My Thoughts For the MonthMay 01, 2022 09:10PM ● By Dr. Rodger
An example of taking control of your life and making it better.
John stared at the heart monitor, listening to it beep. The doctors said they had lost him for a few minutes. John didn’t feel as lost as he did before. He had seen the light. Alone in his hospital room, John stared at the phone, wondering if it was fair to call Monica now. From what the doctors said he might have only five years to live. He hadn’t meant to hurt Monica when he refused to commit. After eighteen years of marriage, working hard to support his wife, she had filed for divorce. “I need to find myself,” she had said. “Besides, all you do is work.” He had asked her, “Is this what you really want?” When she said “yes,” he just left. He kept smiling, being people’s best friend. But it had really hurt.
Monica was unassuming, patient, kind. But he knew she wanted more from him than he was able to give. She had put up with him for a while, giving him a long string. Finally, she had set him down. “You either commit to me, or I’m gone she said. Well, it wasn’t the first time he had been left. Better to get the pain over with now. At least it gave him some control. He tried to sit up. The monitor started beeping more loudly. He lay back down. Picked up the phone. The hardest thing to admit was that he needed Monica in his life. He told her what happened, that he had had a heart attack. Monica came to visit. He said he wanted to see her again. This time he was ready to commit. She looked at him. He looked at her. I don’t believe you she said. “You’re just being needy because you’re sick” A few weeks later, John got out of the hospital. He made a few changes in his diet, then started calling Monica again. She said she appreciated his calls, was glad he was feeling better, but no, she wasn’t willing to be hurt again. John rang her doorbell the following week. He handed her the gift box. She opened it. Looked at what was inside. A diamond ring.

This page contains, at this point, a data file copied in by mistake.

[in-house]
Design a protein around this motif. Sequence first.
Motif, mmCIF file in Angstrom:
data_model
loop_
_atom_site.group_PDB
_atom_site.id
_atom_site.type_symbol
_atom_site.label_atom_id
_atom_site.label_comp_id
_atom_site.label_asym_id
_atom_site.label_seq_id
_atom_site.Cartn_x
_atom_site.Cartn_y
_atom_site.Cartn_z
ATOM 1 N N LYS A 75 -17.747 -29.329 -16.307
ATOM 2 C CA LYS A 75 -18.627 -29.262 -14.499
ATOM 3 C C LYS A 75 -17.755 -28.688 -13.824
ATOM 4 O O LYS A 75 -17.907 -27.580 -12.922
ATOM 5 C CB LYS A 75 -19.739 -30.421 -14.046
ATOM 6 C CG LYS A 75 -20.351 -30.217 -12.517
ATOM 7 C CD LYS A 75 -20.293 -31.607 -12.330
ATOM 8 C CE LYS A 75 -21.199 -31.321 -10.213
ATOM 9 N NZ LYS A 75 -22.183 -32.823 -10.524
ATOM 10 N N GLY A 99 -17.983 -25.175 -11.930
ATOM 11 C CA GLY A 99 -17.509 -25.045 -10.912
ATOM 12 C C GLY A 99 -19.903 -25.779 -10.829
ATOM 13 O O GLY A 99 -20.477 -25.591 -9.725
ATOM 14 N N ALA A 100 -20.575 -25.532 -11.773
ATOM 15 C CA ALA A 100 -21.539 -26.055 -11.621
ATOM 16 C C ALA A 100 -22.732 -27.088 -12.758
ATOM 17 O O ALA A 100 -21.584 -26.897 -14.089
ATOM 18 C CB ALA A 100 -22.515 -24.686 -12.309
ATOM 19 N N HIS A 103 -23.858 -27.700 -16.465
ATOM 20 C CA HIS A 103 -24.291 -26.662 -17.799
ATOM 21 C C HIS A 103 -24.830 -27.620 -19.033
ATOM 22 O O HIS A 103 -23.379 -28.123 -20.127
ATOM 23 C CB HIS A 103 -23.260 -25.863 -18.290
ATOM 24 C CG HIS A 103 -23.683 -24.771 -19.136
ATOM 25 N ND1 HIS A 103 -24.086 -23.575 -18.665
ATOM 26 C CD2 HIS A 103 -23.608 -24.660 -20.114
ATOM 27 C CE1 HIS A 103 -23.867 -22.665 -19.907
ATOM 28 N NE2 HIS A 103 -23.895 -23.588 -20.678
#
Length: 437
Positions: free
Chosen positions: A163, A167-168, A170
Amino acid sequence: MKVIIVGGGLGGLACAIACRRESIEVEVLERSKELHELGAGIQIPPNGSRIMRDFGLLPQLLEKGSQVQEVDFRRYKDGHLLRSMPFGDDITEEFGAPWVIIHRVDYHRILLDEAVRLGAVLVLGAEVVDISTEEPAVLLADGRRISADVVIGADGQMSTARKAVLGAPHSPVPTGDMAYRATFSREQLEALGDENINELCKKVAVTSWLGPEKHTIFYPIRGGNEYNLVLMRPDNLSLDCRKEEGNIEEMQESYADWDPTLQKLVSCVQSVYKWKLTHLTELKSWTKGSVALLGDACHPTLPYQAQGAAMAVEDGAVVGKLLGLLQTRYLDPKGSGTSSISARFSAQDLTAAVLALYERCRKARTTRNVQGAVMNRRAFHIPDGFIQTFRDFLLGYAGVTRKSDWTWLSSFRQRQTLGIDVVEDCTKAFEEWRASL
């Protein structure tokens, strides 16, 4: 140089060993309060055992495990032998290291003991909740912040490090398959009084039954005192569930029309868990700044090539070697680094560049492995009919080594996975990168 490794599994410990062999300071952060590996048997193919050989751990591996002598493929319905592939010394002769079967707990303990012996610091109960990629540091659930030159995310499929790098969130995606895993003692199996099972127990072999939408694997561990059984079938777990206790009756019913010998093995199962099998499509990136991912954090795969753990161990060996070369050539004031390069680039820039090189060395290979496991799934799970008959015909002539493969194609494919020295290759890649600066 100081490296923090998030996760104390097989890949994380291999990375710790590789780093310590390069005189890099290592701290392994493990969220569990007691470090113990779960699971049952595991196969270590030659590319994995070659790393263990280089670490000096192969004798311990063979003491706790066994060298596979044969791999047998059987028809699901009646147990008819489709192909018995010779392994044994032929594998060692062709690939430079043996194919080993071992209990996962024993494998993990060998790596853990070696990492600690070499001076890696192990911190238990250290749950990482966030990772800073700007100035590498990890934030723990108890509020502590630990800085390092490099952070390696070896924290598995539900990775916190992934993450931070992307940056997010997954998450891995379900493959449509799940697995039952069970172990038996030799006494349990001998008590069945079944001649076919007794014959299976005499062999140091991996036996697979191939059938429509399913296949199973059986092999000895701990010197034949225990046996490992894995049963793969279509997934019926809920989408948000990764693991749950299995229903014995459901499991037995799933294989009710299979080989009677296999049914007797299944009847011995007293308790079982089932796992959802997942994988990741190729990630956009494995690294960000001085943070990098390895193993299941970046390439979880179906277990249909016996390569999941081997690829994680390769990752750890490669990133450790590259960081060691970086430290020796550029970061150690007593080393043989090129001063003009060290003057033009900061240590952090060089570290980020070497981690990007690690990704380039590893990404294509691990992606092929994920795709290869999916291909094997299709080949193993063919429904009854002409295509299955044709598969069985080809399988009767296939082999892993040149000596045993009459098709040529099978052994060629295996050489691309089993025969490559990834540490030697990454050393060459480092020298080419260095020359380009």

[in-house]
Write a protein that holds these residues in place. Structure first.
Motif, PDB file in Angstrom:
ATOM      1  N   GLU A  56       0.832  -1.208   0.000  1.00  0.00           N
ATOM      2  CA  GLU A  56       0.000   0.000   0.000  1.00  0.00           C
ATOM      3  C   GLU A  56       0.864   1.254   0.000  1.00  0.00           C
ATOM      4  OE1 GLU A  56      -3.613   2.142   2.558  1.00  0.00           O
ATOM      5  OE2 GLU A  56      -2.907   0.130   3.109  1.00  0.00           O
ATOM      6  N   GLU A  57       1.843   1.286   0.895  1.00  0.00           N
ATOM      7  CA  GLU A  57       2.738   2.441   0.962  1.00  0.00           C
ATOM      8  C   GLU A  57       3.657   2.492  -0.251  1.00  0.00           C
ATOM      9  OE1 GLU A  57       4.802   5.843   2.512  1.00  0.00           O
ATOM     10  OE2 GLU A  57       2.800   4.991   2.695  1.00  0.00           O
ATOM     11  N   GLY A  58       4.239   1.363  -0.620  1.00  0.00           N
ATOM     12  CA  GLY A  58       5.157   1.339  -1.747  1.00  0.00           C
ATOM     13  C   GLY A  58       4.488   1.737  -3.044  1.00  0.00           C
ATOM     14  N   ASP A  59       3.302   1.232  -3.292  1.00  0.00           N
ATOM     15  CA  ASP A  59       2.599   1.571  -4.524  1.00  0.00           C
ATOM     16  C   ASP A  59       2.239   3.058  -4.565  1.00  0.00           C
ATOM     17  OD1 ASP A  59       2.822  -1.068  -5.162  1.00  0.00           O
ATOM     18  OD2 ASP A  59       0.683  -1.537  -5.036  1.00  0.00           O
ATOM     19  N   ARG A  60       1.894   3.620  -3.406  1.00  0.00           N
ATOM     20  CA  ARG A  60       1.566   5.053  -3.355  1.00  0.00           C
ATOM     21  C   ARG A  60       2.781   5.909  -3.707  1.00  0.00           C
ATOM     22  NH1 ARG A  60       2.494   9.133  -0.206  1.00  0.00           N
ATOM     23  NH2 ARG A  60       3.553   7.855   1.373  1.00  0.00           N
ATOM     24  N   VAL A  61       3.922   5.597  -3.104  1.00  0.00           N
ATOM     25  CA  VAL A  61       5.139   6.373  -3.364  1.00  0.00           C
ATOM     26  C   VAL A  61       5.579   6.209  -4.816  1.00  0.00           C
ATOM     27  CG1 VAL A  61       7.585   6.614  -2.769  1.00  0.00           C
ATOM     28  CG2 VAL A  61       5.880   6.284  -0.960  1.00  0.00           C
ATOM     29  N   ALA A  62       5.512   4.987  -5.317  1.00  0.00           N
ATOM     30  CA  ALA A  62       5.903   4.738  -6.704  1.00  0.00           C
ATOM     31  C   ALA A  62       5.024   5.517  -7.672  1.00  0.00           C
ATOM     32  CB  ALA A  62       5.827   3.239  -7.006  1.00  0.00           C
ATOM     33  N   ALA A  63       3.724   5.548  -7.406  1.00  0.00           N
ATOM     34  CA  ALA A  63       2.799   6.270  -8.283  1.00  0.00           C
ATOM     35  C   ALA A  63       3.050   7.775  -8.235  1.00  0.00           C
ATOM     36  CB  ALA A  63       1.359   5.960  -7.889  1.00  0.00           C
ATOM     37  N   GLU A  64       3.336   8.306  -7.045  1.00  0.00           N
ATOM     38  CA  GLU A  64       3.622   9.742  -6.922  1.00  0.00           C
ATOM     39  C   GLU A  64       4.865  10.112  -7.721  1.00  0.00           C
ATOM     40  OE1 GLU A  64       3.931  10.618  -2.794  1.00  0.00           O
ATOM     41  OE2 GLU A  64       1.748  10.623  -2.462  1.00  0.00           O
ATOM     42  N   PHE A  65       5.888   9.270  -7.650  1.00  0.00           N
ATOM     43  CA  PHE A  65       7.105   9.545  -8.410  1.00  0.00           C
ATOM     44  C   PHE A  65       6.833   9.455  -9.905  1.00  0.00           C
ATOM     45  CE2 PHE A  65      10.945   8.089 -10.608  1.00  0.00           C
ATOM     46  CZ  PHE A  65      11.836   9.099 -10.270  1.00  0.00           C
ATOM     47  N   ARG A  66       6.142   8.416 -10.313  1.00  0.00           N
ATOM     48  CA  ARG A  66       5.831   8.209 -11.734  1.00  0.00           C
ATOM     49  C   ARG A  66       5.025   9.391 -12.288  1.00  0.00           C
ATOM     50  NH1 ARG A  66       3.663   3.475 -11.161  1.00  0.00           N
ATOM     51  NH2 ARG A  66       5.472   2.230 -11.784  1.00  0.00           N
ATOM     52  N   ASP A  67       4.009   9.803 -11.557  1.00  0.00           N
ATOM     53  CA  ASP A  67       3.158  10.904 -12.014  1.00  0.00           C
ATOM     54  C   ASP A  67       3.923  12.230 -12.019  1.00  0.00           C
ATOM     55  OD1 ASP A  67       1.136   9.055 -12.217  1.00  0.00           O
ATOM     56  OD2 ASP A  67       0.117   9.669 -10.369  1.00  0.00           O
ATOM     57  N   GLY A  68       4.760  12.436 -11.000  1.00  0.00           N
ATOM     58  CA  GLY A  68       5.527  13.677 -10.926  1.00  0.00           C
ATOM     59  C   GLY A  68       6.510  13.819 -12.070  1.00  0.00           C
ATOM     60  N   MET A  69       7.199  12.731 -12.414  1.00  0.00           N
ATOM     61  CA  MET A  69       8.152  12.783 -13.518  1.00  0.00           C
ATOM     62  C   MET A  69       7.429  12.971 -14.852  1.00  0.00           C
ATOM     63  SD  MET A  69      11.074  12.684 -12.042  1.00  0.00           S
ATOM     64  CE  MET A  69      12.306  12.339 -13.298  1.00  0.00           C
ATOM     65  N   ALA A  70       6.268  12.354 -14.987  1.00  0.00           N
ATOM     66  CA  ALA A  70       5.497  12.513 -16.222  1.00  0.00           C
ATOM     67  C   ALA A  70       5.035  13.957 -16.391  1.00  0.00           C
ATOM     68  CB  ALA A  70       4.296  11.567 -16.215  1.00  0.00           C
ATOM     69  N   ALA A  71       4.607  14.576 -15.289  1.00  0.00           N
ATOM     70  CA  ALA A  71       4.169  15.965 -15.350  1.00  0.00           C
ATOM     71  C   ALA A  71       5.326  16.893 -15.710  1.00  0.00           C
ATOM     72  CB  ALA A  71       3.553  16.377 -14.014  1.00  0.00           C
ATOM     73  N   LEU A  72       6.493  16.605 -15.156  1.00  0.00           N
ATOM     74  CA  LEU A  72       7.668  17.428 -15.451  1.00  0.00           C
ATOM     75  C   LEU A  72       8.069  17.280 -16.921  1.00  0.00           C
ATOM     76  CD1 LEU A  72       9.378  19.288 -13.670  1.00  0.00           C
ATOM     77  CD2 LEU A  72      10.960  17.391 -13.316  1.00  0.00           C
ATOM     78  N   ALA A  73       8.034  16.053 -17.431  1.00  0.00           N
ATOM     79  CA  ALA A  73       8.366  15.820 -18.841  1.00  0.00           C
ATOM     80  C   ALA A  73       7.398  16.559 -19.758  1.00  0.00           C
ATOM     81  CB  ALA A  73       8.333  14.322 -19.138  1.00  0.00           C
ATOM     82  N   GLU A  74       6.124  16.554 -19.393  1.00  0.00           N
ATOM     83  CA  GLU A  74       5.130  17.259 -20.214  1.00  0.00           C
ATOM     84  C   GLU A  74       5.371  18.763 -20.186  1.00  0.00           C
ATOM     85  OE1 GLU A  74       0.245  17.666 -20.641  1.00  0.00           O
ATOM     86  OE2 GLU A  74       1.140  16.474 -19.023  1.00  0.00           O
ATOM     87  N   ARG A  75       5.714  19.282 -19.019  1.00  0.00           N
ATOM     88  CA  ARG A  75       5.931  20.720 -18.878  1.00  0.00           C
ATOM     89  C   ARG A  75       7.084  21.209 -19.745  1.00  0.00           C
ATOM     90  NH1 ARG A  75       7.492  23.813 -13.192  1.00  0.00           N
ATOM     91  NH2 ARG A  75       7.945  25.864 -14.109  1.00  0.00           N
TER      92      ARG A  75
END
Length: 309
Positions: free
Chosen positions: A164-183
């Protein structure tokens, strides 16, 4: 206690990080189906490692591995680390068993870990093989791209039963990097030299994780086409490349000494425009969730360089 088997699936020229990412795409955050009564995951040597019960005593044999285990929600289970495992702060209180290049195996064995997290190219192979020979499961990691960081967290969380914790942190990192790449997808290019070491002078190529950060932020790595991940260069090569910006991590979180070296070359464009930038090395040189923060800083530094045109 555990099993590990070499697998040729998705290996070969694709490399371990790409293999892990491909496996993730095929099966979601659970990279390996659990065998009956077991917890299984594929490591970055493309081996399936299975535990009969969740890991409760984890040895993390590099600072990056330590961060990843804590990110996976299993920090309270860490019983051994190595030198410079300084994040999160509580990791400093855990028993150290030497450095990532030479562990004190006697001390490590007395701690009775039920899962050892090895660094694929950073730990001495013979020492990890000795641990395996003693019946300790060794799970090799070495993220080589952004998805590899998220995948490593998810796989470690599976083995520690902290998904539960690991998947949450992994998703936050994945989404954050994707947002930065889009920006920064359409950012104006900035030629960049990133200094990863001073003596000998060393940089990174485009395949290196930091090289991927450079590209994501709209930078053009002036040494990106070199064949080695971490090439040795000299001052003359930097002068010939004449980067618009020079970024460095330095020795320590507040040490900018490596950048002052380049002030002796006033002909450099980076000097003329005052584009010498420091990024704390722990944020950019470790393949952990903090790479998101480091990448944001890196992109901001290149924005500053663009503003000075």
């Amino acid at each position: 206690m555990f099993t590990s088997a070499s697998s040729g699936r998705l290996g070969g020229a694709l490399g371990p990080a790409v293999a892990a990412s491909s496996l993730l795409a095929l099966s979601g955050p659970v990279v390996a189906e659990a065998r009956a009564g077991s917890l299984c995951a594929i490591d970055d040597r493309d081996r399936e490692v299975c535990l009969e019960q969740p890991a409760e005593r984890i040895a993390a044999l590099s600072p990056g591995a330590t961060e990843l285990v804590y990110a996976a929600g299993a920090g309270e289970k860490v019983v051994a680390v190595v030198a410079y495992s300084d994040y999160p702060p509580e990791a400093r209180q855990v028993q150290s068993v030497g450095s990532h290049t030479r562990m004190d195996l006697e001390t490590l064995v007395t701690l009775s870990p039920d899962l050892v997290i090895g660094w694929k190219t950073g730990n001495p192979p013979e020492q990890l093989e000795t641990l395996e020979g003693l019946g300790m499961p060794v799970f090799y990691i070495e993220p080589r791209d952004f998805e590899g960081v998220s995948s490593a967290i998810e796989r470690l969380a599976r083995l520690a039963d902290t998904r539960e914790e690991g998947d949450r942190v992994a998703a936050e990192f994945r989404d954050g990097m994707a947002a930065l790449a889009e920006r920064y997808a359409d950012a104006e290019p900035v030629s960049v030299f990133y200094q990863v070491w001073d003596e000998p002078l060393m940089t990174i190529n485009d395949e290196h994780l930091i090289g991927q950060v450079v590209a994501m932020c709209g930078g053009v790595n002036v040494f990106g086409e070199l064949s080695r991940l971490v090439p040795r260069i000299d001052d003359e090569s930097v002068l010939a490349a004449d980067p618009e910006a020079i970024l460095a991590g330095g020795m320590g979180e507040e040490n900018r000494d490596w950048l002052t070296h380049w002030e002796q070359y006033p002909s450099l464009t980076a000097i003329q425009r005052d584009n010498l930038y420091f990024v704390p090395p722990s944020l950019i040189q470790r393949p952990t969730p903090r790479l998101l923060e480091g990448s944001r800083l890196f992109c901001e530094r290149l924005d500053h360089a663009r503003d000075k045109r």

I love you, “John said. Please…let’s give us a chance”.
They were married two months later in a quiet ceremony. Monica had flowers in her hair; John wore a new suit. She cried when they said, “I do.” John’s days became filled with life and love. He and Monica took vacations. Sometimes they sat home and watched television did the ordinary things. The doctor was wrong. John didn’t have five years. He was given three. He died suddenly, while Monica was in the kitchen fixing dinner one night. Monica walked into the living room to tell John it was time to eat. He was gone.
“His near-death experience made him a different man, “Monica said. “All the little things that used to upset and irritate him so much didn’t bother him anymore. We were so happy. But it was worth it—even though losing him really hurts.”
John isn’t around to finish his story, but he’d probably say going into the unknown and choosing to love, even though love could hurt him—was a good call. Seeing the light made him realize that not loving could hurt him more than loving could.
The way to love anything is to realize that it might be lost.”